2020 04 12 PM – Easter Sunday – Matthew 22:23-33 – Resurrection – Not a New Testament Invention!

Dear friends,

I am sure it came as no surprise to anyone that this morning’s sermon was about the resurrection.  And I am also sure that if any of us had been asked beforehand to guess what the sermon text was likely to be, our second guess, after one of the gospel res accounts, would surely have been 1 Cor. 15.  And that is because 1 Cor. 15 is the most detailed, plain, and comforting passage about the resurrection in the whole Bible.  So it was lovely to be reminded again about resurrection as victory!

And one of the points that our brother Brett made was that the resurrection is spoken about as a ‘mystery’ in 1 Cor. 15 because while resurrection is taught in the OT, it took the resurrection of Jesus and the completion of the NT for the fullness of what resurrection means to become plain.  And this is what I want us to see this afternoon.   I think that many of us will be surprised by just how much the OT teaches resurrection.  And we won’t even look at all of the passages that do this.  But what we will also see is how the resurrection of Jesus and the NT fill open up these OT passages. 

And our text today is the perfect starting point.  For while we find this episode in the NT, it really is an OT context because Jesus had not yet died and risen and the NT was not yet written. 

So what we want to see today is that resurrection has always been the hope of God’s people.  And we will see this by beginning with the Sadducees’ question and Jesus’ OT answer.  Then we will look at some other OT passages that teach the resurrection.    And hopefully at the end each one of us will confess that we know the comfort and hope of the resurrection.

  1. So first of all, let’s consider the Sadducees’ question and Jesus’ OT answer.
    1. The Sadducees were the religious-political opponents of the Pharisees in Jesus’ day.  And one area of theology where the Sadducees and the Pharisees differed was that the Sadducees did not believe in resurrection.  They believed that when a person died, they simply ceased to exist.  So as they saw it, when Messiah came, He would live on earth with whoever was still alive then.  But those who died before then simply ceased to exist.  And you may have heard the joke that goes like this: Are the Sadducees the ones who do not believe in the resurrection?  Yes, that’s why they are sad-you-see!  And all joking aside, it is very sad that anyone would not believe in the resurrection.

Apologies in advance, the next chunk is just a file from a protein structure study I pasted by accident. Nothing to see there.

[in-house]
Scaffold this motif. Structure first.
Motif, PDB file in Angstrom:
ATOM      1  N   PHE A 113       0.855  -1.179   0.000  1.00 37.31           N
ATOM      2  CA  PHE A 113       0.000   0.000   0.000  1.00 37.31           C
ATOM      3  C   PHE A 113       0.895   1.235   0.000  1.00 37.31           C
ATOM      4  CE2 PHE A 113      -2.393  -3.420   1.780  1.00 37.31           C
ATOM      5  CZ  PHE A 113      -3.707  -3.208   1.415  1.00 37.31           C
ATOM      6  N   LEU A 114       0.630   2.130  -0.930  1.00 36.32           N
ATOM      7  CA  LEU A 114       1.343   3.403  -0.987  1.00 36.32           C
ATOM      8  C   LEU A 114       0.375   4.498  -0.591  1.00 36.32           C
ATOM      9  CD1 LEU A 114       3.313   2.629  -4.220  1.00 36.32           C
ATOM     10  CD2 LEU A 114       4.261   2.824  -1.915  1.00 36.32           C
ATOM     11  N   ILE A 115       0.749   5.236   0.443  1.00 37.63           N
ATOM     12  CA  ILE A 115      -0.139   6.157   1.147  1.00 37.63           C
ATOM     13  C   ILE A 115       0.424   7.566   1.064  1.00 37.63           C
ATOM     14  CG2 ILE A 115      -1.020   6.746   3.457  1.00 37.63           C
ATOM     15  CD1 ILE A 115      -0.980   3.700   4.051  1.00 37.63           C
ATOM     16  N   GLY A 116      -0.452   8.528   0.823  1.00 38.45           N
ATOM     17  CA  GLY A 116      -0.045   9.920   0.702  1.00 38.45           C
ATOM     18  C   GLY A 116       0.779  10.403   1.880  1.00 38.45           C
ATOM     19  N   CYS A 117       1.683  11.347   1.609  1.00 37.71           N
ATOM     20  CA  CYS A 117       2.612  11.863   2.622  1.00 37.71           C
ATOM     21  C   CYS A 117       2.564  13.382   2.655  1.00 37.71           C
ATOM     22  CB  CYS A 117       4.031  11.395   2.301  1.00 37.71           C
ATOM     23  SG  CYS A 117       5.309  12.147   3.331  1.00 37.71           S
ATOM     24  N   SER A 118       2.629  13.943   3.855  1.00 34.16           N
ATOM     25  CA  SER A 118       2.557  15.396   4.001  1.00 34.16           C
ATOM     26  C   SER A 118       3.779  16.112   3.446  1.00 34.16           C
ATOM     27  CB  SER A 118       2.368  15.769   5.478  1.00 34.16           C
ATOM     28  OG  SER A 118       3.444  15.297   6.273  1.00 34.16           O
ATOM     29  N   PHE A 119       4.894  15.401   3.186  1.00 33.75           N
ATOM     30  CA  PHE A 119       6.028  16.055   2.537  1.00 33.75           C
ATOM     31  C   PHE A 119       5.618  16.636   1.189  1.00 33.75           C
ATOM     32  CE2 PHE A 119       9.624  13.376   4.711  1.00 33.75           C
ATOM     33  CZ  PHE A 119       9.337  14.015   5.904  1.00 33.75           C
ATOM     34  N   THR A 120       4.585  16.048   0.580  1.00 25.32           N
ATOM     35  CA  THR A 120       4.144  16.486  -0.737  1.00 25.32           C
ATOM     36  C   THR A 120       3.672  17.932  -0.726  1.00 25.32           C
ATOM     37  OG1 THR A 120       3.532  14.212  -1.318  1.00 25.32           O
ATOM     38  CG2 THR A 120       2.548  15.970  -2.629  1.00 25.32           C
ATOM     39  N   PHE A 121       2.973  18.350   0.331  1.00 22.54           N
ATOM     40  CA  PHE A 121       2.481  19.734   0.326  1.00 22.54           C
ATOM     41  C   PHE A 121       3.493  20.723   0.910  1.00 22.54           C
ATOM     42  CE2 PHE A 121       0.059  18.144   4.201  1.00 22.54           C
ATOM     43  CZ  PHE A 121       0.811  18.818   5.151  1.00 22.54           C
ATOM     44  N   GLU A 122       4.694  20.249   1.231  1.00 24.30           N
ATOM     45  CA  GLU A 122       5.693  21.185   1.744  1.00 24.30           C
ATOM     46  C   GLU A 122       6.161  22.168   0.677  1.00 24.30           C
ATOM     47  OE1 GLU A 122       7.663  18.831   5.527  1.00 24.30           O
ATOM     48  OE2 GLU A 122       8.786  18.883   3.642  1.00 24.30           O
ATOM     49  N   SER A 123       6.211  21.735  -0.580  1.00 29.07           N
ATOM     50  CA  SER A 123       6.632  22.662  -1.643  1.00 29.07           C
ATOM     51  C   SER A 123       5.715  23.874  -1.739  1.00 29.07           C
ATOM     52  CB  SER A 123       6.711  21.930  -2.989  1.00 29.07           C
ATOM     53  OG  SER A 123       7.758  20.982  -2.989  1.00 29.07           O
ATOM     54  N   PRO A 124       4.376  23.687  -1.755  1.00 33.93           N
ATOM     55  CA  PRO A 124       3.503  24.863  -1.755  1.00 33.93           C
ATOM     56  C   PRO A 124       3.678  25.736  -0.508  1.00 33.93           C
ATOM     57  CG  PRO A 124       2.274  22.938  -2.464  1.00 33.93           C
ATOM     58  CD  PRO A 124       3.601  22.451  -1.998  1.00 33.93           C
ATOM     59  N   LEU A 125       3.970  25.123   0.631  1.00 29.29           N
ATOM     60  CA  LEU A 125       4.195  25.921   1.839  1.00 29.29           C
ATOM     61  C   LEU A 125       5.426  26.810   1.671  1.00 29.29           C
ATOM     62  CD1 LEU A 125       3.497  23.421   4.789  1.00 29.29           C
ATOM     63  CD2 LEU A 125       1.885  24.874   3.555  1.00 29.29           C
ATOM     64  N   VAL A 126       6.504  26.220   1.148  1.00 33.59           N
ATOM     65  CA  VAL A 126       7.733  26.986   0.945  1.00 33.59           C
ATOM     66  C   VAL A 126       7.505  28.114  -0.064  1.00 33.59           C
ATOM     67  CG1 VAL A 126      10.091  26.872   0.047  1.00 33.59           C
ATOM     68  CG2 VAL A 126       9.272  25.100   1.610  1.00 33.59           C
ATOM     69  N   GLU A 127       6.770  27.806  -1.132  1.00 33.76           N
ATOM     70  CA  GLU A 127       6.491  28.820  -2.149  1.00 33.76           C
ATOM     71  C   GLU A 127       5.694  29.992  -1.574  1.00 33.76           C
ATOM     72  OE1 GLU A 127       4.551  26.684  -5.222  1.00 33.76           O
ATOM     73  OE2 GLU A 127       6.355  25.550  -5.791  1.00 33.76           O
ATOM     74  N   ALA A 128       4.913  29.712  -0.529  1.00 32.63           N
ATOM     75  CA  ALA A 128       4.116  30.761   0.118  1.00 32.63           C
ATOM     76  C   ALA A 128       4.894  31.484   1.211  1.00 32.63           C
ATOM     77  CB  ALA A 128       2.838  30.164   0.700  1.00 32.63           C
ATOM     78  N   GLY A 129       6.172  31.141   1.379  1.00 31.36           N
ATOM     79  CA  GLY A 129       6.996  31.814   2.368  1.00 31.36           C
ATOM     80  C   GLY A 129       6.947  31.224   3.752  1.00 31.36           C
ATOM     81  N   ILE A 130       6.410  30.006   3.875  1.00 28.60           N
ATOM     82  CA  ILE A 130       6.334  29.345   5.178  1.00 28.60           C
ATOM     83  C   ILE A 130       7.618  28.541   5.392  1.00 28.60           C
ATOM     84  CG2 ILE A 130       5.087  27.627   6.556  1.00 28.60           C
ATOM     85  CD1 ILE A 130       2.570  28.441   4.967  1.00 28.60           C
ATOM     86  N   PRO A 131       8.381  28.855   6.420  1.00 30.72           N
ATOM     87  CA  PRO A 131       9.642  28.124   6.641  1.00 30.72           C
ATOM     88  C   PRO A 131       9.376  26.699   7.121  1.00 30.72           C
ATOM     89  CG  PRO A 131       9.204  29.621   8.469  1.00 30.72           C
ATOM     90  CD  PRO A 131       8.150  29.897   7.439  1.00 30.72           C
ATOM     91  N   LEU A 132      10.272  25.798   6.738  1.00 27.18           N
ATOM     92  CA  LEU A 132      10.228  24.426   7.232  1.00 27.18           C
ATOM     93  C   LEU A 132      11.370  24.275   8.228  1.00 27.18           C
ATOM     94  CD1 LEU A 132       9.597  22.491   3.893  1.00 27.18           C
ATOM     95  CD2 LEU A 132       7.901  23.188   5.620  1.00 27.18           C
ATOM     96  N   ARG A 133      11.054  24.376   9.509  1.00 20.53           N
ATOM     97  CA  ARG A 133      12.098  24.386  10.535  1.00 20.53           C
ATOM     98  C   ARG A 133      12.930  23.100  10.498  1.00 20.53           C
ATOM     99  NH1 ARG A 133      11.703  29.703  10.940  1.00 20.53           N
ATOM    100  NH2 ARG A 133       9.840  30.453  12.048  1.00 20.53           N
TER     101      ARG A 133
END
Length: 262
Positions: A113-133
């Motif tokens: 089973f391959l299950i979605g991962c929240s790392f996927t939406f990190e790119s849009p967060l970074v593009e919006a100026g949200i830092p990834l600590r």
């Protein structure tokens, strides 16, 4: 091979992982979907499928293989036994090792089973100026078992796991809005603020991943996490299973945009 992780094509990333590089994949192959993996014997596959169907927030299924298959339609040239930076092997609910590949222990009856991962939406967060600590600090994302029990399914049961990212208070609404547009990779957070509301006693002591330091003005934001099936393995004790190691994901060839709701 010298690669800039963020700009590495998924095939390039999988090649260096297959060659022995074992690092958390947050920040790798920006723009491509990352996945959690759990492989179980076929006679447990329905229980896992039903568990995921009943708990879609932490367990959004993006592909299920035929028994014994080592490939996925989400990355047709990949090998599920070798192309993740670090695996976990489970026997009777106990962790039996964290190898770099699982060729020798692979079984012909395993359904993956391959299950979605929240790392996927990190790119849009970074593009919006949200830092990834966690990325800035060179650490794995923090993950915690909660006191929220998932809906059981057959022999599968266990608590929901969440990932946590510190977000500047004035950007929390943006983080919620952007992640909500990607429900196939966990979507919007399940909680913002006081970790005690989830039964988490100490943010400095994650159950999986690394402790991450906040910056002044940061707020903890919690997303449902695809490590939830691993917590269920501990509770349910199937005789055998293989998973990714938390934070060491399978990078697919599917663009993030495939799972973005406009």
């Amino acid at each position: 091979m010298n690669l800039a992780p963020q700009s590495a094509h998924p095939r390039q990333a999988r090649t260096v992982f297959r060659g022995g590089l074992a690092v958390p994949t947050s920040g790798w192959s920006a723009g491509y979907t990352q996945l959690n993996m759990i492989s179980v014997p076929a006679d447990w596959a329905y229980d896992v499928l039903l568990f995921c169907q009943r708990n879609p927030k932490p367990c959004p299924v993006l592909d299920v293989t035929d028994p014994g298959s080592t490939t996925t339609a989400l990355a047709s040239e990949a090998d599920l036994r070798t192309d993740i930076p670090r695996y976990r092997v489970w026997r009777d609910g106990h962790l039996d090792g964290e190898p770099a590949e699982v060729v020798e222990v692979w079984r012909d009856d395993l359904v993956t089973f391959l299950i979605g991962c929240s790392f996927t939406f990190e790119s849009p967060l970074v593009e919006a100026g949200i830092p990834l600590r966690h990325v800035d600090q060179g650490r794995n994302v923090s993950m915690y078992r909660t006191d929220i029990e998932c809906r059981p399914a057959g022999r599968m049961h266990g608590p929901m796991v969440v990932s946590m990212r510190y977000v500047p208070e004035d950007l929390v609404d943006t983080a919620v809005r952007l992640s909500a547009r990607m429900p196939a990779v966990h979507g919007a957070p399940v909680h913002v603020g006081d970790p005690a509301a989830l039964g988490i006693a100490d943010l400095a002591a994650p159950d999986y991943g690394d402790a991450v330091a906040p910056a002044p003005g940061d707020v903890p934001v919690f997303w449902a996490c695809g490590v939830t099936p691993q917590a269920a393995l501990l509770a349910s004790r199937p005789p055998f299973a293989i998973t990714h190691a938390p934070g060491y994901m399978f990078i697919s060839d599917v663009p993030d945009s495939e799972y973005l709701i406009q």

• And the style of the question that the Sadducees asked Jesus is what historians describe as a question of vulgarity.  And vulgarity means rude or offensive.  It was not a question designed to seek an answer, but to offend and/or make someone look stupid.  It usually involved some sort of rude situation, but the person asking it believed that the answer was so obvious to everyone that the person being asked the question would seem like a complete idiot.  A rough equivalent today would be those questions that people ask, where before you even answer, they go Duh!  And I am sure we have all been on the wrong side of such questions.
  • Now, while this question was addressed to Jesus, it was really aimed at the Pharisees – the religious political opponents of the Sadducees, who believed in resurrection.  So, perhaps because they had had success with what in their minds was a brilliant, unanswerable question before, they put it to Jesus to see where He will fall out on the issue – if He held to some form of resurrection He was in the idiot Pharisee camp but if He rejected resurrection then the Sadducees could claim Him as one of their own.